Seeing is believing, right? Well it shouldn’t be, because we see with our eyes, and our eyes, as science continues to prove, are about as reliable as an inflatable dartboard. Indeed, the two squishy organic cameras and accompanying gray matter whose evidence we use to do pretty much everything are prone to all kinds of fallacies, shortcuts, mistakes, and even outright laziness. The downside to this is that you can never be sure what’s real and what’s a convenient lie fed to you by the sticky, semi-functional computer that actually makes all of the decisions in your life. On the upside, magic tricks! 

There’s a great article up on All About Psychology right now, talking about the many ways in which our brains can be tricked into seeing thing that aren’t there. The core argument being, of course, that our eyes are crap and our brains are lazy. To wit:

Processing large amounts of information is computationally expensive: if you want to process lots of visual information, you need large brains. But large brains come at a cost, since they require large heads and lots of food to support them. So instead of evolving into creatures with humongous brains, we developed extremely efficient strategies that allow us to prioritise aspects of the environment that are of importance, while ignoring things that are less relevant.

As we’ve discussed before, a great many magic tricks rely on the idiosyncrasies of human perception to achieve their effects. Some of these tricks exploit the rough-and-ready way our brains process information. Our brains seem to prefer translating visual information into a rough and ready 3D map over providing an accurate view of the world. That’s why illusions like the one below don’t just look weird, they interfere with our balance in a much more fundamental way.  

Our eyes are even worse, rather than truly follow an object in motion, they’ll let the brain make a quick estimation of direction and velocity, then call it a day, only really registering the object again if it changes direction or speed. Our brains are so good at truncating this information, it’ll sometimes fill in the blanks for us. If we’ve seen a ball thrown once and are then shown the motion again, more than 50% of us will actually “see” the ball in flight, even though it hasn’t been thrown. Ergo: magic. 

The article also has some interesting titbits of info about how our brains measure time (spoiler: they’re bad at it) and how we’re all constantly trying to see the future (again, bad). It’s a very interesting piece. 

“Nowadays, magicians work with engineers and physicians but their best scientific friends are cognitive neuroscientists,” writes neuroscientist, amateur magician, and, DJ (no really), Professor Olivier Oullier. “Because the magic recipe requires four ingredients: misdirection, attention, memory, and our inability to process all incoming data.”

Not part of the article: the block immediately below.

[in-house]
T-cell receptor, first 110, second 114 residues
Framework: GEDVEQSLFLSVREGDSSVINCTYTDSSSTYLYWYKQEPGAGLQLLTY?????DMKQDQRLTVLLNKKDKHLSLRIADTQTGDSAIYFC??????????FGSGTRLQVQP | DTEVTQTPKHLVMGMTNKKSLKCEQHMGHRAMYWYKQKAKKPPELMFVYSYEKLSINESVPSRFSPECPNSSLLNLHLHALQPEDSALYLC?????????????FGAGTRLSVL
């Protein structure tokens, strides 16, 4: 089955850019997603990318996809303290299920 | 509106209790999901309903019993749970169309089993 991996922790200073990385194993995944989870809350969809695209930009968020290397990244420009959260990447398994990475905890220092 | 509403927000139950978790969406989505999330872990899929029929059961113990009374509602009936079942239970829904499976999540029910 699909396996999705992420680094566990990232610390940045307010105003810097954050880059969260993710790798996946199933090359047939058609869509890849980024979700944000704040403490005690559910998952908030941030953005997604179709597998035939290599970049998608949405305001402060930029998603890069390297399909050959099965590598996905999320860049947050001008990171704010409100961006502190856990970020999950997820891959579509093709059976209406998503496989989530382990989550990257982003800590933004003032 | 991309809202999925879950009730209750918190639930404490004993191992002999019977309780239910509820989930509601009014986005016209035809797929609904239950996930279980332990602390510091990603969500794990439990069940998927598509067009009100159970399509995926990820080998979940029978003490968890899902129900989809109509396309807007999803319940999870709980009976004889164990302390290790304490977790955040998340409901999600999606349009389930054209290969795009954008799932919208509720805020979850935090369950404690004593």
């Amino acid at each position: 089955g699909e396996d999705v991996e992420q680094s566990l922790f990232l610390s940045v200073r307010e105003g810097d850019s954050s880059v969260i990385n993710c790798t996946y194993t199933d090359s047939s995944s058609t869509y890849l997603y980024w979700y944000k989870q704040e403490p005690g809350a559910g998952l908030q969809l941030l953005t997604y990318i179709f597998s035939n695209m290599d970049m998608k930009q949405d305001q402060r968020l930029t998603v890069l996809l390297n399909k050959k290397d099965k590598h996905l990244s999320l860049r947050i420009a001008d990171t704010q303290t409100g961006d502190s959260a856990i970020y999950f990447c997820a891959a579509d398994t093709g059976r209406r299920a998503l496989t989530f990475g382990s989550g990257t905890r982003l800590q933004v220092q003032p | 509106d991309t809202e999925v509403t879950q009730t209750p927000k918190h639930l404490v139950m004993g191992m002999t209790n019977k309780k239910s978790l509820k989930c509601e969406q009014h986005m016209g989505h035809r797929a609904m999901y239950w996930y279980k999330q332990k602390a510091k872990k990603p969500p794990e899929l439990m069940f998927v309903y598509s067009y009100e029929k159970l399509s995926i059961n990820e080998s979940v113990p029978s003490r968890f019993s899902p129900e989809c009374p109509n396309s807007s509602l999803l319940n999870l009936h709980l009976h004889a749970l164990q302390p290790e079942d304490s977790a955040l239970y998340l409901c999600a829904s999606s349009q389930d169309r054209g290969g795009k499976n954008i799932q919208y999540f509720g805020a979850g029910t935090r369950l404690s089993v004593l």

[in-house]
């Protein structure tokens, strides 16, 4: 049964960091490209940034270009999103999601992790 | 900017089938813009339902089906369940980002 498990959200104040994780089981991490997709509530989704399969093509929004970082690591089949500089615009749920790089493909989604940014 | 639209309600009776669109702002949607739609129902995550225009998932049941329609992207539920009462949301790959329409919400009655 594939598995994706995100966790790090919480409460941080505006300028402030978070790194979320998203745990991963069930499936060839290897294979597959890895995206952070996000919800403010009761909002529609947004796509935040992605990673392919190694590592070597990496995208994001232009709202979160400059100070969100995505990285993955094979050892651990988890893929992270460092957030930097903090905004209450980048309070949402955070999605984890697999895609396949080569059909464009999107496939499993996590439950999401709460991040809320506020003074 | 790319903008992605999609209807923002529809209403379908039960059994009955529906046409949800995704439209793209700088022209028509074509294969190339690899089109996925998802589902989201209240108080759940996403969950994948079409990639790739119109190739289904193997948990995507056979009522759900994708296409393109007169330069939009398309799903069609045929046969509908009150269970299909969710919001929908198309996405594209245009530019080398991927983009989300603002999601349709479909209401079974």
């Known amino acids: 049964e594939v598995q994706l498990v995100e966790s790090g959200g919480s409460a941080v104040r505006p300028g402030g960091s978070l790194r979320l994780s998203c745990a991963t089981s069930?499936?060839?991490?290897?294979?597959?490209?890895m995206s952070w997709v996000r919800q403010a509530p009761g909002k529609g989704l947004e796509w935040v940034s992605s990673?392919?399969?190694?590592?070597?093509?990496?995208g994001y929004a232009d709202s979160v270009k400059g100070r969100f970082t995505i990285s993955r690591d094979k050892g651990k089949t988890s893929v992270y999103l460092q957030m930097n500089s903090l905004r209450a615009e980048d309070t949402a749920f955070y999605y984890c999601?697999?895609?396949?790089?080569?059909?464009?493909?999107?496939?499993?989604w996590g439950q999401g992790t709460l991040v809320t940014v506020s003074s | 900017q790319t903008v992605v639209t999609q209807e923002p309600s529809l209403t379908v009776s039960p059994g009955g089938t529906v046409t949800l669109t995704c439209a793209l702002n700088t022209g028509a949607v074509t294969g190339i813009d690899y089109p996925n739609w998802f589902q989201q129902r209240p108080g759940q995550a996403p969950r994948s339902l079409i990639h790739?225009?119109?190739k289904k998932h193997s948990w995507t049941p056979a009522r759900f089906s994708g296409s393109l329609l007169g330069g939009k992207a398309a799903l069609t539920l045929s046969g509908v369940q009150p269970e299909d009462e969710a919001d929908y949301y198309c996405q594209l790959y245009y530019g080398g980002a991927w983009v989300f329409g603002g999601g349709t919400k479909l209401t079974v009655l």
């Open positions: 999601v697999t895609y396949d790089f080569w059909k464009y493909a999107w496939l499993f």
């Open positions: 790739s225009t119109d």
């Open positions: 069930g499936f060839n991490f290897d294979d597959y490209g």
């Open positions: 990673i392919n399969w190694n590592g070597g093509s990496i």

Earlier in the week, the professor delivered a keynote speech on “attention dynamics,” at a tech conference in Europe. The talk isn’t available just yet, but he went on to pen a surprisingly accessible summary of his points for an op-ed in The National. 

While the title might be a bit hyperbolic – I don’t think anyone would seriously argue that mechanical skill plays less of a role in magic than neuroscience and psychology – the piece does provide a scientific rationale for techniques that a lot of magicians rely on. 

Example: When a magician throws something up and down before he makes it vanish? He’s creating a casual association between the movement of his hand and the ball flying into the air. When he performs the sleight and doesn’t throw the ball, your brain tries to fill in the blanks and assumes the ball has vanished. That’s why good magicians keep their hands moving and why bad magicians wave coins in your face like they’re teasing a dog with a treat. They’re building a causal relationship.

Another trick, one that seems obvious now it’s been pointed out to me, is that magicians often suggest they’re going to do one thing before doing another. Our brains are prone to latching onto the first idea presented to us and excluding others, a phenomena called Einstellung. So when a magician says he’s going to hide something in his pocket, our attention naturally focuses on the pocket, even if we’re aware it’s likely a red herring. This is the same principle that lets you remember where you’ve put something the moment you stop thinking about it, and the reason why I have all my best ideas on the toilet.

The piece is fascinating, if a bit brief. Give it a read here.